If a story has links, click on them if you’re unsure about the facts; they’re included to help readers process the information. If a story doesn’t have at least three sources—people interviewed, research data, public statements, tweets, links, and the like—ask yourself: Where are the receipts?

4) Who shared this with me?

As with anything, consider the source. Sometimes the biases of individuals, organizations, and news publications will affect what’s shared with their channels and what isn’t. Most people would evaluate a story shared by a major daily newspaper differently than, say, the Facebook page for Life News, an organization that has compared abortion to slavery. One is an established publication that may make an occasional error or lapse in judgment but usually gets the story right. The other has an ideology to advance—and may do so even if it compromises their intellectual integrity.

However, don’t fall into the trap of your own confirmation bias. Even if your socially conscious friend shared yet another article about racism in American policing, that alone isn’t enough to verify the validity of the information itself. Striving to not be racist is a worthwhile goal. But it’s possible to disavow racism and still get some of the details wrong.

5) Are these claims outlandish or inflammatory?

Sometimes, the most absurd stories are indeed true—like the February chase for llamas that escaped in Arizona. But organizations like the Washington Post, CNN, and Fox, as shocking as it may sound, had their folks on a story that was as much of an oddity as it was chuckleworthy. But sometimes, the major networks and daily papers don’t have the resources to verify and report about that outrageous video, photo, or claim you saw spreading like wildfire on the Internet.

That’s where sources such as Snopes.com, PolitiFact, and HoaxBusters—among many others—can help clear things up, in the meantime.  

6) Am I maintaining healthy skepticism?

In grad school, one of my professors at Northwestern’s Medill School of Journalism told the reporting class, “If your mother says she loves you, check it twice.” It was her kind way of reminding us to ensure we were properly scrutinizing the information as we gathered it, asking the tough questions and not being afraid to dig for the answers when necessary.

But what she, even as a mother, imparted was something that goes beyond the nature of the job—people shouldn’t be overly eager to take things at face value. Sometimes, the truth is really in front of you, and it’s as clear as day. Other times, a little doubt doesn’t hurt. It can only help.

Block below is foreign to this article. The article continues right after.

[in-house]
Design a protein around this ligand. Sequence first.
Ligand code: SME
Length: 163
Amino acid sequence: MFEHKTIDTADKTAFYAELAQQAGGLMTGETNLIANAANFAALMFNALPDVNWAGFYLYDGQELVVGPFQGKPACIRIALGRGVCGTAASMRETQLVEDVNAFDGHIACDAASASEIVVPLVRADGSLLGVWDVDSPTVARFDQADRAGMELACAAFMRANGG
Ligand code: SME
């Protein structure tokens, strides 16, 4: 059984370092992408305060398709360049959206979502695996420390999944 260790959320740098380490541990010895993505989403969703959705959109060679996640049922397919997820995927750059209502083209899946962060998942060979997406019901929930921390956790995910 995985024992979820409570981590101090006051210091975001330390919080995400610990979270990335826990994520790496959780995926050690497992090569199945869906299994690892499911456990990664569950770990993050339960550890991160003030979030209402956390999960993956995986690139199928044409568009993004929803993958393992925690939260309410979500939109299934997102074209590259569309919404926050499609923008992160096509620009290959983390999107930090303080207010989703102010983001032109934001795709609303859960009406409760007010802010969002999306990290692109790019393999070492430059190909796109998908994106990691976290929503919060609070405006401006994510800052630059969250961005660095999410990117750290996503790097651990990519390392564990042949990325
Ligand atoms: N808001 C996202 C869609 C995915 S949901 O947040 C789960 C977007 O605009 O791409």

7) Does this story simply confirm my own biases?

While writing an op-ed about Paula Deen’s recent Twitter “brownface” controversy, I went into the process ready to sound off on Deen’s history of racism, based on the initial online outcry. But my better judgment remembered that what’s seen on a timeline doesn’t always paint a full picture. Indeed, the photo in question was shared not by Deen, but by a hired social media manager, who was fired after the error; the photo itself predated the 2013 media circus around Deen’s racist behavior. In the years since, she’s since apologized profusely and attempted to be accountable.

I didn’t have to give Deen a complete free pass, but I had to be fair. Even as a black, queer, non-binary individual, I have to remember that the way I, and others, process news will be based on our own social locations. When one experiences forms of racism on an almost daily basis, it can be easy to readily accept the news of yet another celebrity’s ignorant, racialized antics. The same could be said for people who have different identities or life experiences.

We don’t have to apologize for who we are, or put ourselves on the shelf when evaluating a story, let alone writing one. But by being aware of how our subjective reality may limit our perception, we can ask the right questions and pause when necessary to verify or clarify the things we share with others. 

Derrick Clifton is the Deputy Opinion Editor for the Daily Dot and a New York-based journalist and speaker, primarily covering issues of identity, culture and politics.

Illustration by Max Fleishman

Derrick Clifton

Derrick Clifton

Derrick Clifton is an identity and culture reporter and columnist. His work has appeared on NBC News, the Guardian, Vox, the Root, Quartz, MSNBC, HLN, and Mic. He is the communications manager for ProPublica Illinois.